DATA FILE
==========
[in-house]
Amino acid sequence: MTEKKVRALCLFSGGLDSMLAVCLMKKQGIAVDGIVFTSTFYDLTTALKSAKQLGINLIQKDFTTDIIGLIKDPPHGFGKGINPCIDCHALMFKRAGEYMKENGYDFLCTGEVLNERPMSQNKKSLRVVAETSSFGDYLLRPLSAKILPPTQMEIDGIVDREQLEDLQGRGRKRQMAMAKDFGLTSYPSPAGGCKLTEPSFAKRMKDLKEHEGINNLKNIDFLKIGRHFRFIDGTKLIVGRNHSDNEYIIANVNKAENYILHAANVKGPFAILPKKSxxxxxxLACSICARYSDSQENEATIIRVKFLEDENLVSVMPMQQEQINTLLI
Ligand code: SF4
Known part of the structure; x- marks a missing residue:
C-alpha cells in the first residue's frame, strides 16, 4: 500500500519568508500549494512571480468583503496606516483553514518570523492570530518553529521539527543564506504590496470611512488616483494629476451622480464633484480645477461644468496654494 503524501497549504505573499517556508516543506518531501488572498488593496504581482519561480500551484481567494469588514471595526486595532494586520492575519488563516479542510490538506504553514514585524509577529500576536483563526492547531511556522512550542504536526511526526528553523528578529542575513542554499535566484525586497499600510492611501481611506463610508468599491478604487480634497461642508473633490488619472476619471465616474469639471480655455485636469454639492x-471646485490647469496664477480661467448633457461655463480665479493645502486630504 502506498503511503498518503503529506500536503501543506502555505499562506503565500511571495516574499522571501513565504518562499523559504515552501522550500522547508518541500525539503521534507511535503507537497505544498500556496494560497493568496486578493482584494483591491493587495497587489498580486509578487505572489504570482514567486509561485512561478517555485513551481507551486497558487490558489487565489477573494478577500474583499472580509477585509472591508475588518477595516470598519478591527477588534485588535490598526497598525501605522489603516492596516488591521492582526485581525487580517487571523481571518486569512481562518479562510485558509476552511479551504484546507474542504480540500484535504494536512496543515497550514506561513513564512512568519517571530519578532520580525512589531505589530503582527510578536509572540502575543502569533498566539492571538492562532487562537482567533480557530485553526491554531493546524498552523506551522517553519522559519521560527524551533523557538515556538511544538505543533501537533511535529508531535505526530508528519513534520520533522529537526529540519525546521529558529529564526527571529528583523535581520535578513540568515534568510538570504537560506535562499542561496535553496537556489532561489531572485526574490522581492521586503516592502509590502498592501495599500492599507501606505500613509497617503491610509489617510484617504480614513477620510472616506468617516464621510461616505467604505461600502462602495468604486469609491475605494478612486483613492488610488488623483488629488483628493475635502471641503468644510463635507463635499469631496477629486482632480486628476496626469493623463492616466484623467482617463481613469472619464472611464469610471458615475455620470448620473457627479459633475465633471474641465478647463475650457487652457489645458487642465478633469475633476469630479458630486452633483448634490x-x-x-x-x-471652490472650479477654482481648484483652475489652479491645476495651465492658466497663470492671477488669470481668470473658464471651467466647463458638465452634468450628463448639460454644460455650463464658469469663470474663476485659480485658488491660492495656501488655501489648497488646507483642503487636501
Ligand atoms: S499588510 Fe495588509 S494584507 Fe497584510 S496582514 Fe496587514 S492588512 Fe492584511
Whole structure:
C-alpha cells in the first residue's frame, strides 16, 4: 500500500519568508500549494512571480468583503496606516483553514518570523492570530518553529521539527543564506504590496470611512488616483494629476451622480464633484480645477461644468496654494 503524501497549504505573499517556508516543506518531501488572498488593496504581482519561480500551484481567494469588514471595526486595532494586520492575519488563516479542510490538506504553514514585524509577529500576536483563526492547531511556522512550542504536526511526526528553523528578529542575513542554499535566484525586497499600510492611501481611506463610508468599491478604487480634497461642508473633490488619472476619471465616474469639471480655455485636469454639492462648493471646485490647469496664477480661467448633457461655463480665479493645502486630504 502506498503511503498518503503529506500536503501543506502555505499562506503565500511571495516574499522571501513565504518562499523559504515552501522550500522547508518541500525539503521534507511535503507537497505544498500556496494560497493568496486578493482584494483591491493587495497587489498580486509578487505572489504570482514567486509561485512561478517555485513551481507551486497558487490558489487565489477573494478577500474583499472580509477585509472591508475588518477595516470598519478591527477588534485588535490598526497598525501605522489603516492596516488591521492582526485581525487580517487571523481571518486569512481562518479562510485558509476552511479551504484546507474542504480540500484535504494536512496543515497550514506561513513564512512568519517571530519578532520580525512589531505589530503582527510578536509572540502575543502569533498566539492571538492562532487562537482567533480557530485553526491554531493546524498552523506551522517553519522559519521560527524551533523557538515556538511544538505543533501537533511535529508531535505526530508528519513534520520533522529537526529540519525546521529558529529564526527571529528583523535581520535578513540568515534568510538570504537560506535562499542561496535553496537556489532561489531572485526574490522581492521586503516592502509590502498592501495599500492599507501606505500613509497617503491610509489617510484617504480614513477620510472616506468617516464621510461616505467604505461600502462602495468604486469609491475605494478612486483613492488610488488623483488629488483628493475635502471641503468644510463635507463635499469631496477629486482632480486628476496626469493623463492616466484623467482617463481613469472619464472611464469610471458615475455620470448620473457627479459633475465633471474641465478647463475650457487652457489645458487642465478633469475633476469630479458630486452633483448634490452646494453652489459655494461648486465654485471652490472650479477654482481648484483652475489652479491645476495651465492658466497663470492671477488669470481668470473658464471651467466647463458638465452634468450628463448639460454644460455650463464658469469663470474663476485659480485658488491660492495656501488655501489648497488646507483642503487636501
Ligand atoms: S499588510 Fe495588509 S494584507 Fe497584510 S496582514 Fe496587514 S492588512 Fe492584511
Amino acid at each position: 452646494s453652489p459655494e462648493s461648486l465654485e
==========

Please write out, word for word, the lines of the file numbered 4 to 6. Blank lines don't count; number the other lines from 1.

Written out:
Known part of the structure; x- marks a missing residue:
C-alpha cells in the first residue's frame, strides 16, 4: 500500500519568508500549494512571480468583503496606516483553514518570523492570530518553529521539527543564506504590496470611512488616483494629476451622480464633484480645477461644468496654494 503524501497549504505573499517556508516543506518531501488572498488593496504581482519561480500551484481567494469588514471595526486595532494586520492575519488563516479542510490538506504553514514585524509577529500576536483563526492547531511556522512550542504536526511526526528553523528578529542575513542554499535566484525586497499600510492611501481611506463610508468599491478604487480634497461642508473633490488619472476619471465616474469639471480655455485636469454639492x-471646485490647469496664477480661467448633457461655463480665479493645502486630504 502506498503511503498518503503529506500536503501543506502555505499562506503565500511571495516574499522571501513565504518562499523559504515552501522550500522547508518541500525539503521534507511535503507537497505544498500556496494560497493568496486578493482584494483591491493587495497587489498580486509578487505572489504570482514567486509561485512561478517555485513551481507551486497558487490558489487565489477573494478577500474583499472580509477585509472591508475588518477595516470598519478591527477588534485588535490598526497598525501605522489603516492596516488591521492582526485581525487580517487571523481571518486569512481562518479562510485558509476552511479551504484546507474542504480540500484535504494536512496543515497550514506561513513564512512568519517571530519578532520580525512589531505589530503582527510578536509572540502575543502569533498566539492571538492562532487562537482567533480557530485553526491554531493546524498552523506551522517553519522559519521560527524551533523557538515556538511544538505543533501537533511535529508531535505526530508528519513534520520533522529537526529540519525546521529558529529564526527571529528583523535581520535578513540568515534568510538570504537560506535562499542561496535553496537556489532561489531572485526574490522581492521586503516592502509590502498592501495599500492599507501606505500613509497617503491610509489617510484617504480614513477620510472616506468617516464621510461616505467604505461600502462602495468604486469609491475605494478612486483613492488610488488623483488629488483628493475635502471641503468644510463635507463635499469631496477629486482632480486628476496626469493623463492616466484623467482617463481613469472619464472611464469610471458615475455620470448620473457627479459633475465633471474641465478647463475650457487652457489645458487642465478633469475633476469630479458630486452633483448634490x-x-x-x-x-471652490472650479477654482481648484483652475489652479491645476495651465492658466497663470492671477488669470481668470473658464471651467466647463458638465452634468450628463448639460454644460455650463464658469469663470474663476485659480485658488491660492495656501488655501489648497488646507483642503487636501
Ligand atoms: S499588510 Fe495588509 S494584507 Fe497584510 S496582514 Fe496587514 S492588512 Fe492584511